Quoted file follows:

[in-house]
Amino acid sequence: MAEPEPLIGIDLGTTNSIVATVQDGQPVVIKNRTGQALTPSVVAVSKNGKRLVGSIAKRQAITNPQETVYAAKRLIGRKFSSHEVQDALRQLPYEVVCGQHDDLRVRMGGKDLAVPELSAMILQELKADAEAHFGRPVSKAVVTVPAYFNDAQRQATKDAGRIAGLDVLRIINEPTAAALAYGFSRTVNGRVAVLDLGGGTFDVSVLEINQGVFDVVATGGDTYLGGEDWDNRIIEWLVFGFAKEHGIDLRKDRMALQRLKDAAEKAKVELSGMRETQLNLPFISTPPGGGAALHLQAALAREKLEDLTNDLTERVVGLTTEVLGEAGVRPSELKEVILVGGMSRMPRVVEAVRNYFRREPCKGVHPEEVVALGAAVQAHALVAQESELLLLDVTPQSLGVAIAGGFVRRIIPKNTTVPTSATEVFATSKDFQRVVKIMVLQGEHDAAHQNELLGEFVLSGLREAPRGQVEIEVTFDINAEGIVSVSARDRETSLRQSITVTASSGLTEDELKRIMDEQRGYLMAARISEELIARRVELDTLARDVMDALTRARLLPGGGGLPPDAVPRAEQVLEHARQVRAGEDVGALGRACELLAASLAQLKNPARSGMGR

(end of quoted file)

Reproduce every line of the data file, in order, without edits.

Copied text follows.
[in-house]
Amino acid sequence: MAEPEPLIGIDLGTTNSIVATVQDGQPVVIKNRTGQALTPSVVAVSKNGKRLVGSIAKRQAITNPQETVYAAKRLIGRKFSSHEVQDALRQLPYEVVCGQHDDLRVRMGGKDLAVPELSAMILQELKADAEAHFGRPVSKAVVTVPAYFNDAQRQATKDAGRIAGLDVLRIINEPTAAALAYGFSRTVNGRVAVLDLGGGTFDVSVLEINQGVFDVVATGGDTYLGGEDWDNRIIEWLVFGFAKEHGIDLRKDRMALQRLKDAAEKAKVELSGMRETQLNLPFISTPPGGGAALHLQAALAREKLEDLTNDLTERVVGLTTEVLGEAGVRPSELKEVILVGGMSRMPRVVEAVRNYFRREPCKGVHPEEVVALGAAVQAHALVAQESELLLLDVTPQSLGVAIAGGFVRRIIPKNTTVPTSATEVFATSKDFQRVVKIMVLQGEHDAAHQNELLGEFVLSGLREAPRGQVEIEVTFDINAEGIVSVSARDRETSLRQSITVTASSGLTEDELKRIMDEQRGYLMAARISEELIARRVELDTLARDVMDALTRARLLPGGGGLPPDAVPRAEQVLEHARQVRAGEDVGALGRACELLAASLAQLKNPARSGMGR